06. Make sure you don't miss anything important
Sometimes you can be so engrossed in your work that you miss an important email come in, but Gmail allows desktop notifications without using Outlook or Apple Mail. You can also choose to receive notifications only for messages that are labelled 'Important' to ensure you’re interrupted only when need be.
To set up notifications, click the gear icon, go to Settings, then scroll down to Desktop Notifications. Also, if you find you sometimes miss messages that are sent to Gmail’s alternate inboxes (Social, Promotions and Updates), you can ensure they go to your primary inbox by turning off these tabs under Settings > Inbox, while if you want to ensure messages from specific senders go to Primary, you can add a filter in the Filters tab.
07. Label, label, label
Gmail uses labels, rather than folders, to give us much more flexibility in how we organise our inbox. You can use labels to organise projects by creating a new label per project then archiving the label when the project's complete.This can help you keep track of what’s happening, while also preserving a record of your work and correspondence if you need to refer back to it later. For the ultimate in email hygiene, you can also choose to show and hide different labels to reflect current priorities.
08. Save clicks with keyboard shortcuts
Like many web apps and software programmes, Gmail comes with a comprehensive range of default keyboard shortcuts that can speed up common workflows. Invest a couple of minutes in learning the most useful and you could save yourself a lot more time in the long run. Start by turning on shortcuts under Settings > General and save changes.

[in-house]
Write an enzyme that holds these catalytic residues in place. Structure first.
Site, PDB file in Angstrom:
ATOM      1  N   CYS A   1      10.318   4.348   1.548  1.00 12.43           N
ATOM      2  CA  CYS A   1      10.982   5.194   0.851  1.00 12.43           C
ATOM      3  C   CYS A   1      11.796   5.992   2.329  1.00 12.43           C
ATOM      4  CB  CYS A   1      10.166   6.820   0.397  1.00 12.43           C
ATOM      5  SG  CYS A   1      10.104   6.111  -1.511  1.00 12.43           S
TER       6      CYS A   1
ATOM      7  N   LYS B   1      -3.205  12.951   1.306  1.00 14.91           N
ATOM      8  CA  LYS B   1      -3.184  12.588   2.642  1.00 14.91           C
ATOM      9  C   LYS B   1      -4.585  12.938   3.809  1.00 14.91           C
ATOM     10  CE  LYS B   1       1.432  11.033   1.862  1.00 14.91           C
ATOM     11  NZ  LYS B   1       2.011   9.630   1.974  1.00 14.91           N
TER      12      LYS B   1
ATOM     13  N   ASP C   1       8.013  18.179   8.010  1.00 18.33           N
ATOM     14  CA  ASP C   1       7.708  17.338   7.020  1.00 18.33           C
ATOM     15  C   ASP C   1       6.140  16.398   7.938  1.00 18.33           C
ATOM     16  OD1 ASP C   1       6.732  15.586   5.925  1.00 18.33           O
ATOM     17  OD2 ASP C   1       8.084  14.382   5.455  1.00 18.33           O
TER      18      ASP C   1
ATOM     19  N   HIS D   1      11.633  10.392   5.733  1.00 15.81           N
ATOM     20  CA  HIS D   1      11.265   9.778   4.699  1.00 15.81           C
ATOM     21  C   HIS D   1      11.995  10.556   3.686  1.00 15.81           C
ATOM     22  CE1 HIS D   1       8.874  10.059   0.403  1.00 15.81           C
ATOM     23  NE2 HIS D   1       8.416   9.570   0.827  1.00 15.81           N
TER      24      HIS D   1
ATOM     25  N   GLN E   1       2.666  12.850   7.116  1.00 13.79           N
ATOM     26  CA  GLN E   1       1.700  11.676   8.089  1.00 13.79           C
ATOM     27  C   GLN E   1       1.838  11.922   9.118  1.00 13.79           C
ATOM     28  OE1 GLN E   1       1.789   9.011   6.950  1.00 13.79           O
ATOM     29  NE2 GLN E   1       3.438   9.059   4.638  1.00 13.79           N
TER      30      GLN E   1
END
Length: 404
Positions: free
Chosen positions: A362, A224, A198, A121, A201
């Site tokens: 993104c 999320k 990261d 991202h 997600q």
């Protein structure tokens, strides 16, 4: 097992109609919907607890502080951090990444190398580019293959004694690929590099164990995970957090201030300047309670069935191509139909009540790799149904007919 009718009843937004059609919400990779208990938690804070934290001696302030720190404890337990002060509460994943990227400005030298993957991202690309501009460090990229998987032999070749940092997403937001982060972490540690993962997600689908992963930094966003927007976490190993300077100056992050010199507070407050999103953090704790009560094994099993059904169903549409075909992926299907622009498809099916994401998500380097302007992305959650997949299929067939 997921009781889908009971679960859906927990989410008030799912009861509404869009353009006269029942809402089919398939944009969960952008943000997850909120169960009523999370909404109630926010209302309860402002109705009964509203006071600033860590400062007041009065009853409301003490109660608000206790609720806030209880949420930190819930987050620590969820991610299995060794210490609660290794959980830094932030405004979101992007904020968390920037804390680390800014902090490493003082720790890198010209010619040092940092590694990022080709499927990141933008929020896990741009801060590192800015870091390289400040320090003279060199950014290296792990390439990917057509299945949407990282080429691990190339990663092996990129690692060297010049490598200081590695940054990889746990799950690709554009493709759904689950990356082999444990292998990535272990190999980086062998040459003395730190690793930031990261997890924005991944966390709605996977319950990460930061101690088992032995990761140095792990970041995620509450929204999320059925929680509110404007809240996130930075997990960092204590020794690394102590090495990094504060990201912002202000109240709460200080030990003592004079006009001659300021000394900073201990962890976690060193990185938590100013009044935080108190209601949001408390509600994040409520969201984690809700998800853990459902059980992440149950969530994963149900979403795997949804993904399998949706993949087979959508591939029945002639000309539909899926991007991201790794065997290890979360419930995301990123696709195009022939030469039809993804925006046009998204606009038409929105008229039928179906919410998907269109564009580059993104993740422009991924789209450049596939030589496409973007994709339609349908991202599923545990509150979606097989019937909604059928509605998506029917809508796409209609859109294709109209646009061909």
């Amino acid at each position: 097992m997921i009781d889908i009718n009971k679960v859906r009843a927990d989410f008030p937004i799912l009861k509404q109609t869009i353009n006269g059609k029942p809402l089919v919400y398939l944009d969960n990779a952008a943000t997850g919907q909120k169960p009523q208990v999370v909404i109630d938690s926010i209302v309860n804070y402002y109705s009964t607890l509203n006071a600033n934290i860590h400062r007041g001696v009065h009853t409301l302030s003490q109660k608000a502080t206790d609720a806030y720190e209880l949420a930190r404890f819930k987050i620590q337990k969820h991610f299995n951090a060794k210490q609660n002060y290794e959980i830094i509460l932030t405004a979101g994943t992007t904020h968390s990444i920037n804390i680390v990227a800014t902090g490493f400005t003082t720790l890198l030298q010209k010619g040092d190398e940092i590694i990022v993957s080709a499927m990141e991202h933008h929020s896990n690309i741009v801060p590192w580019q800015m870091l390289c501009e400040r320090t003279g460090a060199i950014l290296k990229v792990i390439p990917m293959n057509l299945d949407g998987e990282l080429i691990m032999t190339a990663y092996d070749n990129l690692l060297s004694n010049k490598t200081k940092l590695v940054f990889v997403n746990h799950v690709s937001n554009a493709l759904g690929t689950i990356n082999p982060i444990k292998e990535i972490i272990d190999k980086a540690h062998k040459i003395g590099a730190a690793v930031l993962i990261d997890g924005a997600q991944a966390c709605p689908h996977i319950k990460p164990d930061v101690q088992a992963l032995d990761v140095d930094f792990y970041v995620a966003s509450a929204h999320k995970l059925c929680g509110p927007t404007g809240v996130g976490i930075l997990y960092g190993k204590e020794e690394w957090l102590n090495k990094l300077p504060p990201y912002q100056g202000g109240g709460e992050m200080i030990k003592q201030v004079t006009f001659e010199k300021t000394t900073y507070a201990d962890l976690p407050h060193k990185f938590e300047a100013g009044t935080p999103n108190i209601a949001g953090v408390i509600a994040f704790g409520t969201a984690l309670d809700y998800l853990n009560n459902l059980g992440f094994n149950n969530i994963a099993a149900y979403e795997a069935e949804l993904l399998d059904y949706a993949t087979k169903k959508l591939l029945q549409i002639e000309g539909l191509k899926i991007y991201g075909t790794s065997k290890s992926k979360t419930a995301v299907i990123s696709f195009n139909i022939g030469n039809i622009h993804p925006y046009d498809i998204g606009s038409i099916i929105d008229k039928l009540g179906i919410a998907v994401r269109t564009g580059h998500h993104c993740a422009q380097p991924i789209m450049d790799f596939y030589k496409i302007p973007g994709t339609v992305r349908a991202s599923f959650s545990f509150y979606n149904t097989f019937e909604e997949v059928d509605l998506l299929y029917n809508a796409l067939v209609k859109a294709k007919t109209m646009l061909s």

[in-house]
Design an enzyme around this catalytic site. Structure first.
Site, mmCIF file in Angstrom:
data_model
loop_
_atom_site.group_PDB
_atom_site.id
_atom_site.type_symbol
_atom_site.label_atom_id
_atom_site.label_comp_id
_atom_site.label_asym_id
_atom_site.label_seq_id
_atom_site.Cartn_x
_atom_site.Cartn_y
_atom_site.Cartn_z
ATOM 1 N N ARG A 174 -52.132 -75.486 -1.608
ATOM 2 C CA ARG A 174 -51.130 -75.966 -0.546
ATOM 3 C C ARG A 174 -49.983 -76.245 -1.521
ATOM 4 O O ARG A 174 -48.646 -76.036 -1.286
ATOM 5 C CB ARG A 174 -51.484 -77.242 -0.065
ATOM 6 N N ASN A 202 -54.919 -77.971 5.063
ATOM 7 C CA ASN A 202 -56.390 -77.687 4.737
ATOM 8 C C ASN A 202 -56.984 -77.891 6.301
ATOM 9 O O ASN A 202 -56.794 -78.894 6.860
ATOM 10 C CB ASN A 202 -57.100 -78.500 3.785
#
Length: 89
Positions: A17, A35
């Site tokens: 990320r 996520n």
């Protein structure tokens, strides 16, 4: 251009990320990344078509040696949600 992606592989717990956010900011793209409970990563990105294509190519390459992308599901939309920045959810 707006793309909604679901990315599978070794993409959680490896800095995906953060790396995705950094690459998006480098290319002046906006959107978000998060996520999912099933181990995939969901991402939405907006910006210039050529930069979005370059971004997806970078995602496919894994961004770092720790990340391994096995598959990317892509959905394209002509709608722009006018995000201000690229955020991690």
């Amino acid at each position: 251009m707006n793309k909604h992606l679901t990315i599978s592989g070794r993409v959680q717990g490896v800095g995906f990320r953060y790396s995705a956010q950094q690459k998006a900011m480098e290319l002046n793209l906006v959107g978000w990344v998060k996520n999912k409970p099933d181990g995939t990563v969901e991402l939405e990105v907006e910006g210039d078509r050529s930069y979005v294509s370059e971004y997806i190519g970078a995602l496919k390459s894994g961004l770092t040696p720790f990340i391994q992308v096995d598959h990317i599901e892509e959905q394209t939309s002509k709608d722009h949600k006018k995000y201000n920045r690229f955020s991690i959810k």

There are a whole host of shortcuts and Google provides a full breakdown, plus you can customise shortcuts to use keys that you find more memorable by enabling the function in Settings > Advanced.
To get started quickly, some of the most useful defaults to save clicks and allow you to give the mouse or touchpad a break include:
- Compose: c
- Search for messages: /
- Reply: r
- Reply all: a
- Forward: f
- Mark current messages unread: Shift + u
- Mark selected message as important: =
- Archive selected message: e
- Jump to next message in email thread: n
- Jump to previous message in email thread: p
- Mute a conversation: m
- Insert link: Command/control + k
- Send email: Command/control + Enter
09. Get experimental
Gmail offers a Labs feature that allows you to experiment with beta versions of potential new features before they're rolled out as standard. If these features work and become popular, they might later be incorporated into the main Gmail interface, and indeed many of the features mentioned above began life here.
Of course some features may never make it and can be scrapped without notice – such was the fate of the bizarre Gmail Goggles feature designed to stop us from sending messages we might regret after a night on the town by presenting a couple of maths problems as a test of sobriety. To turn on experimental access, simply click the gear icon top right, go to Settings > General > Experimental Access, check the box and click Save Changes.